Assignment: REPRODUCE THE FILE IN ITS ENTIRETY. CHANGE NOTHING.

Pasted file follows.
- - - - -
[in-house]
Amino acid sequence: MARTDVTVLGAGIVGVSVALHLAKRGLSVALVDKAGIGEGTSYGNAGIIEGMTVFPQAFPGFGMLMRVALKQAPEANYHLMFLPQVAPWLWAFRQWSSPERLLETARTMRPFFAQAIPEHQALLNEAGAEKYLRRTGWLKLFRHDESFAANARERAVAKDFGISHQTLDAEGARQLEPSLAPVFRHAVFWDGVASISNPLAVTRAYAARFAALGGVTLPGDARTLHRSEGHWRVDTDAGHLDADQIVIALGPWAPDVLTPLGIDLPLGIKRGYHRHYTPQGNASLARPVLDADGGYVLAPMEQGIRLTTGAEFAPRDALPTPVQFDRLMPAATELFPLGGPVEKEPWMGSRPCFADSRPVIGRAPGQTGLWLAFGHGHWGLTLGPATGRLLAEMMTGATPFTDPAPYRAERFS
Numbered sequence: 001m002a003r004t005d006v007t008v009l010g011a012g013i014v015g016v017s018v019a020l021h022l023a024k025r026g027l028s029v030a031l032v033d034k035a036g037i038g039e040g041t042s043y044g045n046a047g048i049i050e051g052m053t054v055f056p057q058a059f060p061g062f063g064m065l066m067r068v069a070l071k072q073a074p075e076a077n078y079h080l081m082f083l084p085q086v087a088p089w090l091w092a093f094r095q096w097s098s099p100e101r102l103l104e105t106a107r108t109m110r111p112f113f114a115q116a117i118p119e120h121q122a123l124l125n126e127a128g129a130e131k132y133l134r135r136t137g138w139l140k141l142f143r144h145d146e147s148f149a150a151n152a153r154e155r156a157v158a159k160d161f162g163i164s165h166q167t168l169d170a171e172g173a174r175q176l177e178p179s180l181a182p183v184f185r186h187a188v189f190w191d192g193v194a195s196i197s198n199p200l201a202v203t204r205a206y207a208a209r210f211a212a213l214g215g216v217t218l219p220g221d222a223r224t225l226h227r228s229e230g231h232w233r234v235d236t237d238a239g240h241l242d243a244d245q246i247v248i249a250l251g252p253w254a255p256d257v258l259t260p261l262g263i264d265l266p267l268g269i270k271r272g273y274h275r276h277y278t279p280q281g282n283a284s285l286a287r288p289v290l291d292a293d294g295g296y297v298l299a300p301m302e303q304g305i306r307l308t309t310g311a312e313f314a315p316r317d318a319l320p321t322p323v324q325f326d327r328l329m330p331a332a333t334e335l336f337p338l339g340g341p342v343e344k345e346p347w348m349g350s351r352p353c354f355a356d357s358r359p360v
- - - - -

[in-house]
Amino acid sequence: MARTDVTVLGAGIVGVSVALHLAKRGLSVALVDKAGIGEGTSYGNAGIIEGMTVFPQAFPGFGMLMRVALKQAPEANYHLMFLPQVAPWLWAFRQWSSPERLLETARTMRPFFAQAIPEHQALLNEAGAEKYLRRTGWLKLFRHDESFAANARERAVAKDFGISHQTLDAEGARQLEPSLAPVFRHAVFWDGVASISNPLAVTRAYAARFAALGGVTLPGDARTLHRSEGHWRVDTDAGHLDADQIVIALGPWAPDVLTPLGIDLPLGIKRGYHRHYTPQGNASLARPVLDADGGYVLAPMEQGIRLTTGAEFAPRDALPTPVQFDRLMPAATELFPLGGPVEKEPWMGSRPCFADSRPVIGRAPGQTGLWLAFGHGHWGLTLGPATGRLLAEMMTGATPFTDPAPYRAERFS
Numbered sequence: 001m002a003r004t005d006v007t008v009l010g011a012g013i014v015g016v017s018v019a020l021h022l023a024k025r026g027l028s029v030a031l032v033d034k035a036g037i038g039e040g041t042s043y044g045n046a047g048i049i050e051g052m053t054v055f056p057q058a059f060p061g062f063g064m065l066m067r068v069a070l071k072q073a074p075e076a077n078y079h080l081m082f083l084p085q086v087a088p089w090l091w092a093f094r095q096w097s098s099p100e101r102l103l104e105t106a107r108t109m110r111p112f113f114a115q116a117i118p119e120h121q122a123l124l125n126e127a128g129a130e131k132y133l134r135r136t137g138w139l140k141l142f143r144h145d146e147s148f149a150a151n152a153r154e155r156a157v158a159k160d161f162g163i164s165h166q167t168l169d170a171e172g173a174r175q176l177e178p179s180l181a182p183v184f185r186h187a188v189f190w191d192g193v194a195s196i197s198n199p200l201a202v203t204r205a206y207a208a209r210f211a212a213l214g215g216v217t218l219p220g221d222a223r224t225l226h227r228s229e230g231h232w233r234v235d236t237d238a239g240h241l242d243a244d245q246i247v248i249a250l251g252p253w254a255p256d257v258l259t260p261l262g263i264d265l266p267l268g269i270k271r272g273y274h275r276h277y278t279p280q281g282n283a284s285l286a287r288p289v290l291d292a293d294g295g296y297v298l299a300p301m302e303q304g305i306r307l308t309t310g311a312e313f314a315p316r317d318a319l320p321t322p323v324q325f326d327r328l329m330p331a332a333t334e335l336f337p338l339g340g341p342v343e344k345e346p347w348m349g350s351r352p353c354f355a356d357s358r359p360v